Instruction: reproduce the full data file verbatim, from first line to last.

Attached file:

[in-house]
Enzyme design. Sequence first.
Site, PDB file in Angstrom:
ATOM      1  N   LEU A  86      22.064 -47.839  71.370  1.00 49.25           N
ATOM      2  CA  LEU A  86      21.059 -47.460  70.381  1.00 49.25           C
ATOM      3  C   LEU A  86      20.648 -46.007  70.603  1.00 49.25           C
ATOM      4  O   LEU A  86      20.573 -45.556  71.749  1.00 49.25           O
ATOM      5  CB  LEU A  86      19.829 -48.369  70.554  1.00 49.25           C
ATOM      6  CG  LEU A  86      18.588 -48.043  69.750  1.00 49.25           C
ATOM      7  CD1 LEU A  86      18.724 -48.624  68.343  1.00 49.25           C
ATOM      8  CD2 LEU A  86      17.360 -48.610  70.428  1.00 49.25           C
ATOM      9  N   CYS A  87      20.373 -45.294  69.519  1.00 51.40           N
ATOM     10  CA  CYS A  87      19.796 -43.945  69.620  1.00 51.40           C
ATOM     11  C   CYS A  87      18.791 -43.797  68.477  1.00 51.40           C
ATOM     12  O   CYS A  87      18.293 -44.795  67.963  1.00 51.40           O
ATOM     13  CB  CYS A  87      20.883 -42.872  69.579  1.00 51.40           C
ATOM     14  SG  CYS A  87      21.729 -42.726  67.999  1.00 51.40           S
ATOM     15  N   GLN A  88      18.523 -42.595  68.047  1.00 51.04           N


[in-house]
Enzyme design. Sequence first.
Site, PDB file in Angstrom:
ATOM      1  N   LEU A  86      22.064 -47.839  71.370  1.00 49.25           N
ATOM      2  CA  LEU A  86      21.059 -47.460  70.381  1.00 49.25           C
ATOM      3  C   LEU A  86      20.648 -46.007  70.603  1.00 49.25           C
ATOM      4  O   LEU A  86      20.573 -45.556  71.749  1.00 49.25           O
ATOM      5  CB  LEU A  86      19.829 -48.369  70.554  1.00 49.25           C
ATOM      6  CG  LEU A  86      18.588 -48.043  69.750  1.00 49.25           C
ATOM      7  CD1 LEU A  86      18.724 -48.624  68.343  1.00 49.25           C
ATOM      8  CD2 LEU A  86      17.360 -48.610  70.428  1.00 49.25           C
ATOM      9  N   CYS A  87      20.373 -45.294  69.519  1.00 51.40           N
ATOM     10  CA  CYS A  87      19.796 -43.945  69.620  1.00 51.40           C
ATOM     11  C   CYS A  87      18.791 -43.797  68.477  1.00 51.40           C
ATOM     12  O   CYS A  87      18.293 -44.795  67.963  1.00 51.40           O
ATOM     13  CB  CYS A  87      20.883 -42.872  69.579  1.00 51.40           C
ATOM     14  SG  CYS A  87      21.729 -42.726  67.999  1.00 51.40           S
ATOM     15  N   GLN A  88      18.523 -42.595  68.047  1.00 51.04           N